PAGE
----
After the little gougeres were done and everyone was breaking them open, they all had the same comment: “it needs something to fill it”. I hadn’t prepared a filling, so the girls pulled out a turkey salad I had fixed earlier and started eating these gougeres filled with a spoonful of turkey salad. It was yuummy!!
THEN the Clone had the bright idea to fill the puffs with cheese and these mini pepperonis. So I thought, why not try it since I already had the challenge done on the first batch anyway and I still had some leftover batter.
We ended up with these cute little pacman balls that looked liked they could gobble you up. We gobbled them instead!
The second appetizer:
Galatoire’s Oysters en Brochette
Copyright New Orleans Times-Picayune December 21, 2000
Serves 4 as an appetizer or two as main course
From Wiki: Oysters en Brochette is a classic dish in New Orleans Creole cuisine. Raw oysters are skewered, alternating with pieces of partially cooked bacon. The entire thing is then breaded (usually with corn flour) and then either deep fried or pan sauteed. The traditional presentation is on triangles of toast with the skewer removed and topped with a Meuniere sauce. When done right, the dish should have a crispy exterior and a soft savory center with a textural contrast between the bacon and the oyster. It was usually offered on restaurant menus as an appetizer; but was also a popular lunch entree.
At one time it was a ubiquitous option on menus across the spectrum of New Orleans restaurants. Today it is rarely seen (no doubt owing to health concerns over the combination of fried oysters, fried bacon, and butter). An exemplary version can still be found at Galatoire’s.
A variation served as an hors d’oeuvres is Angels on Horseback. Single oysters are wrapped in partially cooked slices of bacon, each skewered with a toothpick. They are floured and deep fried and then passed on cocktail platters with a dipping sauce.
12 strips bacon, cut in half
2 dozen oysters, raw
3/4 cup milk
Salt and pepper to taste
Oil for deep frying
Toast point and lemon wedges for serving
Fry bacon until not quite crisp. Alternate six oysters and six half strips of bacon folded on each of four 8-inch skewers. Make a batter with egg and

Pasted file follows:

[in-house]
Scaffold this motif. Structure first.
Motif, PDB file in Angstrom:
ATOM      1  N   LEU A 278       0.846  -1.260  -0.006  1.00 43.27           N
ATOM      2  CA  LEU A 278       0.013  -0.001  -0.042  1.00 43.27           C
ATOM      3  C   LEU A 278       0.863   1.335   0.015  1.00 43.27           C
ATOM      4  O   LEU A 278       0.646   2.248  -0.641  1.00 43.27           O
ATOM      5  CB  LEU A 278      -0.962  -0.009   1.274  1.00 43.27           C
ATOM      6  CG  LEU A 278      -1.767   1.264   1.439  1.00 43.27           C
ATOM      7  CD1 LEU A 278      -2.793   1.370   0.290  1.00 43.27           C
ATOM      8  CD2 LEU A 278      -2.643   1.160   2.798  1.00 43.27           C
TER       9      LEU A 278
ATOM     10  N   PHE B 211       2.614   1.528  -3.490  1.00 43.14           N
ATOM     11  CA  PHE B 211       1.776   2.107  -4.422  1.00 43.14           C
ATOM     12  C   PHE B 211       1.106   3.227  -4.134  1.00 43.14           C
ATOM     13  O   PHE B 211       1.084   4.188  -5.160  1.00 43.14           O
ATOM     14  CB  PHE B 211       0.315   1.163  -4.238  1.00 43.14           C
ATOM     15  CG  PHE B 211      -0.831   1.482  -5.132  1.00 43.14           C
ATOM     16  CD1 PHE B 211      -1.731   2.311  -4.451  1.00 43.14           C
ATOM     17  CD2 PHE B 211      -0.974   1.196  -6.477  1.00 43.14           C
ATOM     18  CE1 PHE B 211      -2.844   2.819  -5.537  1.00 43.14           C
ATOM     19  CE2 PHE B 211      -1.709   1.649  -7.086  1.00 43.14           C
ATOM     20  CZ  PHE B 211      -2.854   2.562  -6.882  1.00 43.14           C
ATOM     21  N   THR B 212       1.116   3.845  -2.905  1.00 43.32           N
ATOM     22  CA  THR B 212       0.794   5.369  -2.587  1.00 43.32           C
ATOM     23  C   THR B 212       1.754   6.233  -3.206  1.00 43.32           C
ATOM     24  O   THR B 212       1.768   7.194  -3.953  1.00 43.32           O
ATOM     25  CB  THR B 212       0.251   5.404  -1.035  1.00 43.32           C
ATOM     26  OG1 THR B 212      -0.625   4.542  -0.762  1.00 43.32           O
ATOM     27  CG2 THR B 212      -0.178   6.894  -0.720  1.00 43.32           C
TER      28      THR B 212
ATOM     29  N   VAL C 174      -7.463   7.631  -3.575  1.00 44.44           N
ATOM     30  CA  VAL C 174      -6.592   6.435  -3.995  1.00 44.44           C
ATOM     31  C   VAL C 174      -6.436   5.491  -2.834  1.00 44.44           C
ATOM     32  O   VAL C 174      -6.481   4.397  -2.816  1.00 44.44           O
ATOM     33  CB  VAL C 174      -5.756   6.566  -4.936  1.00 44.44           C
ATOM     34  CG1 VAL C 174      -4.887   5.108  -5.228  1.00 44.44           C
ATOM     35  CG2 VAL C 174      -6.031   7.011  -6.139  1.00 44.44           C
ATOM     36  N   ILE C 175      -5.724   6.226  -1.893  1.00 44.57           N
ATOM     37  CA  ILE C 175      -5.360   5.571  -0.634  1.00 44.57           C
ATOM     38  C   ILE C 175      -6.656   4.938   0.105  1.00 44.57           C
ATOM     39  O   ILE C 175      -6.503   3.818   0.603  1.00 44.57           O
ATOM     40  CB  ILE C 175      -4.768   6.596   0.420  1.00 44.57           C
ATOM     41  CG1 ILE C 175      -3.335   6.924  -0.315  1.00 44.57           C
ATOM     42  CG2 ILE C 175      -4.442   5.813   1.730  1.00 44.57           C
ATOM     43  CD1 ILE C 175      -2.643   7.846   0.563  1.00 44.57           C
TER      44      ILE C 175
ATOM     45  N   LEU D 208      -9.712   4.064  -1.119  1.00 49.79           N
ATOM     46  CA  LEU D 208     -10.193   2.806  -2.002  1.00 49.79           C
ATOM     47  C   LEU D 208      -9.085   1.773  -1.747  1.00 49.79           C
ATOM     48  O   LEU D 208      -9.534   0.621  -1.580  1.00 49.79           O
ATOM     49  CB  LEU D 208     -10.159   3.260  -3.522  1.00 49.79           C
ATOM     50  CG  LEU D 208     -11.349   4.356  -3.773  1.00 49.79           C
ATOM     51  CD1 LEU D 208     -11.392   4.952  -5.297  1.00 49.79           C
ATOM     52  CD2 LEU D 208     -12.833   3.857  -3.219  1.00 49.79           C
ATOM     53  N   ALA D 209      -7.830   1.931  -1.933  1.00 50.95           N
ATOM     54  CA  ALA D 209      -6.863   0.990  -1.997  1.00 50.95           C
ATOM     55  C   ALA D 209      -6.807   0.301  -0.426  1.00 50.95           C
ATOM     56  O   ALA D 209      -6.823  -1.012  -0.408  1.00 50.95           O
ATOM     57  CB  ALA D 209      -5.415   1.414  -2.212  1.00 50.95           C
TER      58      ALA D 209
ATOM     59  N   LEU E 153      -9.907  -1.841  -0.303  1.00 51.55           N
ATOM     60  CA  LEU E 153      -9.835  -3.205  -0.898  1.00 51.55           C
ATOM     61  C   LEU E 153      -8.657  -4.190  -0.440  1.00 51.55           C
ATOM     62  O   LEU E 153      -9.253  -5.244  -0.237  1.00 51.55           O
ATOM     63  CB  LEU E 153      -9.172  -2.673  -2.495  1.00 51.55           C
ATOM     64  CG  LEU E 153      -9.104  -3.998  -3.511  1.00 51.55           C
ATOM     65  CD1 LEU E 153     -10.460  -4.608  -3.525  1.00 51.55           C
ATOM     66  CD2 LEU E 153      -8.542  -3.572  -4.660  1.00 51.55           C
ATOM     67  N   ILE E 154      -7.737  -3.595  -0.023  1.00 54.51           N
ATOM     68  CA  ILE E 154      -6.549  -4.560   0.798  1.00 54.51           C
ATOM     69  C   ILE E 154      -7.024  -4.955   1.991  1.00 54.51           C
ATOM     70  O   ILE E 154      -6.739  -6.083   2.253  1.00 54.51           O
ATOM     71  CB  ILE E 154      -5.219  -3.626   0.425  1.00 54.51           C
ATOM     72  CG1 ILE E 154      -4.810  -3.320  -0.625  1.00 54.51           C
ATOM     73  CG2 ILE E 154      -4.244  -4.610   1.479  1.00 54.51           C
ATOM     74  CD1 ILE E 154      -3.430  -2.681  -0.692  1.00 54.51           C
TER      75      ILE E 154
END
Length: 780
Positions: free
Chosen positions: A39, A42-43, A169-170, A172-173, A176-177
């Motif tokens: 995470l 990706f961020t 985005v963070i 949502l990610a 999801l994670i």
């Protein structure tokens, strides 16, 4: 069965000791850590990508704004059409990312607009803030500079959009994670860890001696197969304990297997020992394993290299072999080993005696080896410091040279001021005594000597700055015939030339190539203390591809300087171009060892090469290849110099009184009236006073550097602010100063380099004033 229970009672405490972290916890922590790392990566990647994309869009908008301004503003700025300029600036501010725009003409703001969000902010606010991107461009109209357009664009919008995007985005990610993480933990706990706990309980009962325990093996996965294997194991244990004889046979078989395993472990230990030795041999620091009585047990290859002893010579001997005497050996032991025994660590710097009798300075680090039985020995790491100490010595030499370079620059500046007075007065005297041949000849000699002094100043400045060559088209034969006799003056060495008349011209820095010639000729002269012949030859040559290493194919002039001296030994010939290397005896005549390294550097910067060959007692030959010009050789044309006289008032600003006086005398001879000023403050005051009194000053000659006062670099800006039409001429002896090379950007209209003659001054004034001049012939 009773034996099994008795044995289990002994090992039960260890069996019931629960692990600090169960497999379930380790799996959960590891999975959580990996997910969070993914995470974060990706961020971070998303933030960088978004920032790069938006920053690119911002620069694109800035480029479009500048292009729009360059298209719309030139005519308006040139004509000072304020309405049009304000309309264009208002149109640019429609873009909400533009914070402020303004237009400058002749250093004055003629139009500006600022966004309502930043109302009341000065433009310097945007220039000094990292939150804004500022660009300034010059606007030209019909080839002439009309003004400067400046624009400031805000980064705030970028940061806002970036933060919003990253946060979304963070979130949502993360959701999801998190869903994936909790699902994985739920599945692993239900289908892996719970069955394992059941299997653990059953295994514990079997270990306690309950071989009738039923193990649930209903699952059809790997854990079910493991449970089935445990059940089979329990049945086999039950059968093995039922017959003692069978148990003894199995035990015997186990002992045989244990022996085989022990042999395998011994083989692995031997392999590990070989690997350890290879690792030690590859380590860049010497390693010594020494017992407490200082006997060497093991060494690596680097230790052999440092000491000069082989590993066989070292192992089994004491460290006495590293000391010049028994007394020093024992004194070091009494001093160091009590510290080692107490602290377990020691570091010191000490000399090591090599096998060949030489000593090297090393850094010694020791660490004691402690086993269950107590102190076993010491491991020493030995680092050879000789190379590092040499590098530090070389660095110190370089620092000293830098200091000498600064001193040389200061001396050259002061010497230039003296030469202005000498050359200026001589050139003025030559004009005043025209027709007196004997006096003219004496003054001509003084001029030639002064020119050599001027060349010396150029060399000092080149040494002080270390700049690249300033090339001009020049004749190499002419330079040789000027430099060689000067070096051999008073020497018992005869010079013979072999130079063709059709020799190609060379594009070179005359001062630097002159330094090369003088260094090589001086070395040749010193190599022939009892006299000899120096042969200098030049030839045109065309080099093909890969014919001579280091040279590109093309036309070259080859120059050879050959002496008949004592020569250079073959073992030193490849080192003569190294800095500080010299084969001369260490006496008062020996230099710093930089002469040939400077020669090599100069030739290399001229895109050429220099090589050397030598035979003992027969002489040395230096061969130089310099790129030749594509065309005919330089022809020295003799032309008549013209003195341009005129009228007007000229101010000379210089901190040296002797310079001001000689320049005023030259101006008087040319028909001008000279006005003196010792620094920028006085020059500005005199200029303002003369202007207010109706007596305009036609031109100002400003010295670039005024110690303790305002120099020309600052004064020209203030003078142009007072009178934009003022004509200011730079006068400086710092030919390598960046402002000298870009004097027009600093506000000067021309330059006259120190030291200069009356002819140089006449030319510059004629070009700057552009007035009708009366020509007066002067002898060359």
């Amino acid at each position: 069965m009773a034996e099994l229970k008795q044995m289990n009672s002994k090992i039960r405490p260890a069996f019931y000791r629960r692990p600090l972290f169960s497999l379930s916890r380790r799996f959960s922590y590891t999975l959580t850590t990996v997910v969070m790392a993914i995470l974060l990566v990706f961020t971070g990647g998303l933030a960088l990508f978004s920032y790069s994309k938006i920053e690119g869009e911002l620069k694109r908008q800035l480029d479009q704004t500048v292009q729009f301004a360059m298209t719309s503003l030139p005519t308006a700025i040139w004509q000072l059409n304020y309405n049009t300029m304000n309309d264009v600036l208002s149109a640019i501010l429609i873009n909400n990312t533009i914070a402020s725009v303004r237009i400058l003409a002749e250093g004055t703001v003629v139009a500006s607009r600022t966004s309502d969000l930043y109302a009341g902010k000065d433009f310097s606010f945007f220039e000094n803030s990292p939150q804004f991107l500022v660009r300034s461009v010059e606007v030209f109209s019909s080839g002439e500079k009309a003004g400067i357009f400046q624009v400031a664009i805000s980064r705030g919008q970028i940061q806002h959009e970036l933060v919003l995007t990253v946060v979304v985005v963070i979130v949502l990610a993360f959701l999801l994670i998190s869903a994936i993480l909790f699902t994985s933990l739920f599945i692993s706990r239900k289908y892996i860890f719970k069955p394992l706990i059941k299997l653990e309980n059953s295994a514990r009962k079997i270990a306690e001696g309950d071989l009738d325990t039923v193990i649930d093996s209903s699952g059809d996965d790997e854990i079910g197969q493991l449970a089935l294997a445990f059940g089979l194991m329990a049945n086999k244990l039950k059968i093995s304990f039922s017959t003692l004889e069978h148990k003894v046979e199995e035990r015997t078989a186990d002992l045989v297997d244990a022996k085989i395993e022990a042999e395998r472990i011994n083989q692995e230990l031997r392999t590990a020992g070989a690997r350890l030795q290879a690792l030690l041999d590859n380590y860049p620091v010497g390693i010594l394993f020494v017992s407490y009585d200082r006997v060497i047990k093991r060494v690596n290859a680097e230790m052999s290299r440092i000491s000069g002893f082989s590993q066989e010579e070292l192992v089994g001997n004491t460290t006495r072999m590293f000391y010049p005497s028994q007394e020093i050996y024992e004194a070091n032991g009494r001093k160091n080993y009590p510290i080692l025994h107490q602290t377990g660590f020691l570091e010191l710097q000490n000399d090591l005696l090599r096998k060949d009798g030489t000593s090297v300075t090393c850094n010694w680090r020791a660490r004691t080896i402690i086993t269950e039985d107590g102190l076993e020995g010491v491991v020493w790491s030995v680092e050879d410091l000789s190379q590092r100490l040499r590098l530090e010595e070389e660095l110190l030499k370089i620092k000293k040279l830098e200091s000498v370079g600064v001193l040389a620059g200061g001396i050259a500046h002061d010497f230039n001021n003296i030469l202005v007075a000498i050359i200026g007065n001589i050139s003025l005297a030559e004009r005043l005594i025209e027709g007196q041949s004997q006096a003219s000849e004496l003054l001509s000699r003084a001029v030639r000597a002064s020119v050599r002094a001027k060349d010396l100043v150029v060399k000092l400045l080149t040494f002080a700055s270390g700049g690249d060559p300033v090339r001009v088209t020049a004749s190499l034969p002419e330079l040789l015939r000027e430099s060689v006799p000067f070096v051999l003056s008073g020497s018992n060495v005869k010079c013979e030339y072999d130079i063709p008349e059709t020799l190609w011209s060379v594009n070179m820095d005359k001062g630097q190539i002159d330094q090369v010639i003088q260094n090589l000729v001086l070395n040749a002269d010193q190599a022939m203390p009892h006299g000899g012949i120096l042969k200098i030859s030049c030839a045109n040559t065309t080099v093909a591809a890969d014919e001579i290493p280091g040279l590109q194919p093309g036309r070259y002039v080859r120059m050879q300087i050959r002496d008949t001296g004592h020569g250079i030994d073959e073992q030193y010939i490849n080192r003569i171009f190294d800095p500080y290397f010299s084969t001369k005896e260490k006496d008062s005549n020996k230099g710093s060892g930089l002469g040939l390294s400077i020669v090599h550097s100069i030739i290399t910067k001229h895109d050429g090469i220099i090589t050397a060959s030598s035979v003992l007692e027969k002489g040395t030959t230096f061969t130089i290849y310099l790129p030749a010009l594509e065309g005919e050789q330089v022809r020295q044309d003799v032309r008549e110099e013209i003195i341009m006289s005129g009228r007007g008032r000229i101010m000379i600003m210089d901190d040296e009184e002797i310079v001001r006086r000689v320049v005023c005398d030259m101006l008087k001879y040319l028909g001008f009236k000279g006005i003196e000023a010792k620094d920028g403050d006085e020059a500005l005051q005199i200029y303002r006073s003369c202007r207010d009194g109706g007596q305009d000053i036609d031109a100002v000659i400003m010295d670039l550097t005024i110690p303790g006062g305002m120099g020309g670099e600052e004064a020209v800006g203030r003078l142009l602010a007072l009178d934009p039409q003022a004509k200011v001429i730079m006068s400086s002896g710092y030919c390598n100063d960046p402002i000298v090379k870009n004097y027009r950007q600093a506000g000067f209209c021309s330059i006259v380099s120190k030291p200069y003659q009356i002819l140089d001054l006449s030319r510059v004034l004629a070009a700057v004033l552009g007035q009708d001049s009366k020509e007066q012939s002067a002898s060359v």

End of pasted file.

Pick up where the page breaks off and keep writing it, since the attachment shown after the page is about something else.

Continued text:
milk and season well with salt and pepper. Dip each skewer in batter.
Roll in flour and deep-fry in hot oil until golden. Serve on toast points
with lemon wedges.
Copyright Tom Fitzmorris’s ‘New Orleans Food: More than 225 of the City’s Best Recipes to Cook at Home (New Orleans Cooking)’
2 sticks butter
Juice of 1/2 lemon
1 tsp. Worcestershire sauce
1. Start the sauce before the Oysters en Brochette. Place the butter in a small saucepan over very low heat. Let it melt, then let it bubble until it stops. Skim the foam off the top. Keep the butter over the lowest possible heat on your stovetop. (you want it to brown)
2. Add the lemon juice and the Worcestershire slowly to the butter sauce just before serving. Careful! This may make the butter foam up again and perhaps splatter!
For a GF option leave off the breading and stick it under the broiler. If Meuniere isn’t your sauce of choice there are alot of other options out there. To prevent wooden toothpicks and skewers from burning soak them in water first.
As you may have noticed on the photo, I didn’t use the Meuniere Sauce included with the recipe. It was just too scary to pour a butter sauce on top of something bacon wrapped and deep fried. lol! Instead, I used a bottled Thai sweet chili sauce. It was sweet, spicy and I thought it paired perfectly well with the bacon wrapped oysters.